Invest in Yourself

My Upcoming Conference Talk

In September I’ll be giving a new talk, Invest in Yourself, at two conferences.

When I was invited to give a talk at these conferences, I decided to talk about this topic because it’s been on my mind for quite a while - but I needed the space from the event that kicked it off to tell it.

For what it’s worth, I hadn’t read of any recent redundancies at the time, so it didn’t exactly feel “topical”. But now I’m a bit nervous about giving this talk since it seems there have been more redundancies lately and I’m worried about how I’ll come across.

I admire Angela Riggs in being so open about talking about layoffs in her recent blog post because I still remember feeling so hurt and rejected for quite a while and it seemed she penned that post fairly soon after she got laid off.

I still remember certain aspects of that day clearly: The people crying; the tissue boxes in the meeting rooms; the whispers; the updated LInkedIn statuses etc.

While it’s “normal” to have the employee end the relationship (by moving companies), it hits different when it’s the employer who chooses to end things.

That experience taught me a lot of things.

It taught me to get my priorities straight.

It taught me to be prepared for the unexpected.

But most importantly, it taught me that I need to invest in myself.

While I technically knew that even before all of the layoffs, I understood it when I was affected.

With time, I also better understand why you should invest in yourself.

What is an investment?

Let’s take a step back and look at the definition of what an “investment” is.

According to Investopedia:

“An investment is an asset or item acquired with the goal of generating income or appreciation. Appreciation refers to an increase in the value of an asset over time…

An investment always concerns the outlay of some capital today—time, effort, money, or an asset—in hopes of a greater payoff in the future than what was originally put in.”

How does this apply to one’s career? You might ask.

A lot of the things I did earlier in my career have only started to help me in the last few years.

I also have had to put in time and effort (sometimes money) to invest in myself.

While it’s tempting to want to see results straight away; I’ve found it’s helped to be patient. And believe me, patience isn’t my strong suit.

Effort vs Reward

I’ve also always struggled with the fact that sometimes the reward doesn’t always correspond to the effort put in.

Well, when it comes to testing/career-related stuff, I’m ok there, but when it comes to being healthy - don’t get me started!

You’re looking at someone who would eat healthily for a week and it would feel like such hard work (yeah yeah I know woe is me…) then I would step on the scale and be pissed off that 2kg didn’t magically disappear because I felt like I earned it. (yes I can be quite delusional with this sort of thing)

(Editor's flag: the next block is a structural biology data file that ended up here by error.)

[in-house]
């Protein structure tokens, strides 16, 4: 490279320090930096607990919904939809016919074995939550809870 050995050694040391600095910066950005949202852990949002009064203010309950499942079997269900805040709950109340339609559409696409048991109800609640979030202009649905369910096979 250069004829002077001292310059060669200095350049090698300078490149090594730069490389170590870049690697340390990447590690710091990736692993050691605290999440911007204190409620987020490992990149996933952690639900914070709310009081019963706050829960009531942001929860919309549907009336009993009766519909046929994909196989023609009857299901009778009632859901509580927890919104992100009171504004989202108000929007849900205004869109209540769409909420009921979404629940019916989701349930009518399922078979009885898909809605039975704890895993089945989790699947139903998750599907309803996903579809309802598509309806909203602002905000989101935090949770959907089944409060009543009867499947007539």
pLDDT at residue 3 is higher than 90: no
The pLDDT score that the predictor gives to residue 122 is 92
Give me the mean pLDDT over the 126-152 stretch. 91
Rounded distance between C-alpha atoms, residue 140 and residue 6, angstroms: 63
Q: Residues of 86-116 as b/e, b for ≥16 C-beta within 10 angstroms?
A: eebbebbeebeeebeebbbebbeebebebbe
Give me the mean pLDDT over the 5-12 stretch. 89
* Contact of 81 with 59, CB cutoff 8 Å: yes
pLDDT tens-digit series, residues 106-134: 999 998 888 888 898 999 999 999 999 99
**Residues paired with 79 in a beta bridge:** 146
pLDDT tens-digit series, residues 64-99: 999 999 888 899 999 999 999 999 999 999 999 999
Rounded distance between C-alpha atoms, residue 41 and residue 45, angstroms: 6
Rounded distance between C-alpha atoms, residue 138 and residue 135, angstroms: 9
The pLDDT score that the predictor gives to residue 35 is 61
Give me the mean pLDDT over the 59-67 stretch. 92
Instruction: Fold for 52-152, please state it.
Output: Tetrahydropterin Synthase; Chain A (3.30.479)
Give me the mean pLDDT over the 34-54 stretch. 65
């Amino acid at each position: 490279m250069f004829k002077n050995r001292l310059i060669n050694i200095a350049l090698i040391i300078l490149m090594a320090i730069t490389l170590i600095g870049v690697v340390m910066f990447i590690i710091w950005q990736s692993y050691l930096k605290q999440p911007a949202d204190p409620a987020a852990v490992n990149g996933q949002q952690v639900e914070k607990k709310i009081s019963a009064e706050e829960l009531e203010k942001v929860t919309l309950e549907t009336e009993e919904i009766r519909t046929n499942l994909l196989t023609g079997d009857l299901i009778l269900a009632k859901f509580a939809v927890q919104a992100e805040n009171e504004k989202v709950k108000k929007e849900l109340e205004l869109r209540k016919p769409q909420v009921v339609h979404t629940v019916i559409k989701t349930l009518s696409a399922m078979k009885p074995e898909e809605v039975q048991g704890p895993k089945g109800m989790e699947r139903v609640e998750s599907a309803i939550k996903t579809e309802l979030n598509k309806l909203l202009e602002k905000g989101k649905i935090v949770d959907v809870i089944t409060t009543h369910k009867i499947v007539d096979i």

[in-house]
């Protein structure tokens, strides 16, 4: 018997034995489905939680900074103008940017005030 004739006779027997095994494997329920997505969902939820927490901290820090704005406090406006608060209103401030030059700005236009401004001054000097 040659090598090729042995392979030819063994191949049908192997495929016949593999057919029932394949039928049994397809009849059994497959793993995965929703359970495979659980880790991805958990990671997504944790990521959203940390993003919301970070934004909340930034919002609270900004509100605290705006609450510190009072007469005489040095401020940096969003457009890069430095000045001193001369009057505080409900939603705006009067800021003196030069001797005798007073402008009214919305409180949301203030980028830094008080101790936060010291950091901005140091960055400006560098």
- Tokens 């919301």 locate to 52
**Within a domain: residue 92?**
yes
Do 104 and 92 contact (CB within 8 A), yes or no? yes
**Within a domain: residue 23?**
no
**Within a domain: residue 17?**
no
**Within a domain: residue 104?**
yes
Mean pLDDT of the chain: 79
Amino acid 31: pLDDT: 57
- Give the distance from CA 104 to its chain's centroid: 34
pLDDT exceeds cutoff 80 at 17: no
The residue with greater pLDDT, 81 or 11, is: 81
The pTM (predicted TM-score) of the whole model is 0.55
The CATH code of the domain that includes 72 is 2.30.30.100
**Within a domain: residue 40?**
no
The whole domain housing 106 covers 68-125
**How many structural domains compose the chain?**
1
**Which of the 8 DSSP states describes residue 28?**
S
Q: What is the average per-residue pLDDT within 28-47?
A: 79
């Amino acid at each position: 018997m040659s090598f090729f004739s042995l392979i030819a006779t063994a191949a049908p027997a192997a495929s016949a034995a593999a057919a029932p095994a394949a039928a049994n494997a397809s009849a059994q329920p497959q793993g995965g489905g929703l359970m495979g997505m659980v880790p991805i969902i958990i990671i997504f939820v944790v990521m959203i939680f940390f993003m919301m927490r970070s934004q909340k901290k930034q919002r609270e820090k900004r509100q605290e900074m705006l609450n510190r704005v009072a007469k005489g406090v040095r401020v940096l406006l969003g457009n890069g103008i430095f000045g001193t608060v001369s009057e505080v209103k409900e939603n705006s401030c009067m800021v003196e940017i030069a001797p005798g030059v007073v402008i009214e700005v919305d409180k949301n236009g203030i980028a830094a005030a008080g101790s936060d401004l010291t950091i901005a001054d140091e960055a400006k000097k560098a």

What to Expect

Steph Smith has a great way of describing what happens when it comes to putting in the effort and giving you an idea of what to expect.

“Compounding is always present. The earlier steps in any process will be more strenuous, yet it’s difficult to imagine the potential compounding that comes later on.”

“With the ups, there are always downs. This seems obvious, but we often forget this when we are in periods of down. We quit at these local minimums (the highlighted sections in red above), because we cannot see the next peak right around the corner.”

Investing in Myself

One of the first things that comes to mind when it comes to investing in myself is learning test automation.

The fact I didn’t know test automation in one of my previous roles was why I was laid off. (I had only recently started learning it at the time).

And boy oh boy did I put it on a pedestal.

Almost felt like I wasn’t worthy of learning test automation (which is such a ridiculous thought now come to think of it).

In a previous blog post, I shared some reasons why one might want to learn test automation. To be honest, I initially started to learn test automation out of fear, but then eventually grew to become interested in it.

While I don’t think you should learn something out of fear, I’m happy I actually got started because I felt like this event was the kick up the arse I needed.

Learning test automation isn’t the only way I have intentionally invested in myself.

I worked on my public speaking skills for years at Toastmasters and I read a lot of books.

I also enjoy reading testing blogs and taking free online courses.

Take It One Step At A Time

I’m not going to pretend that I sit down and consciously invest in myself every week; or even every month.

Life happens.

But the overall trend is there.

If you look at each 2-3 month period I do try to do something to invest in myself.

Lately, it’s been my YouTube channel. I’m using it to work on my speaking skills in preparation for the conference talks in September. (These days, Toastmasters isn’t a viable option for me, so I’m choosing to work on my speaking skills after my children have gone to bed.)

I haven’t given a talk, in person, since early 2019, so you bet I’m nervous! And I get that speaking to a camera and speaking to an audience is not the same - but I’ve found the pressure of speaking and giving myself a max of 3 takes (preferably only 1-2) is forcing me to be more succinct.

Will all this effort pay off?

Well, eventually.

I just need to be patient with myself.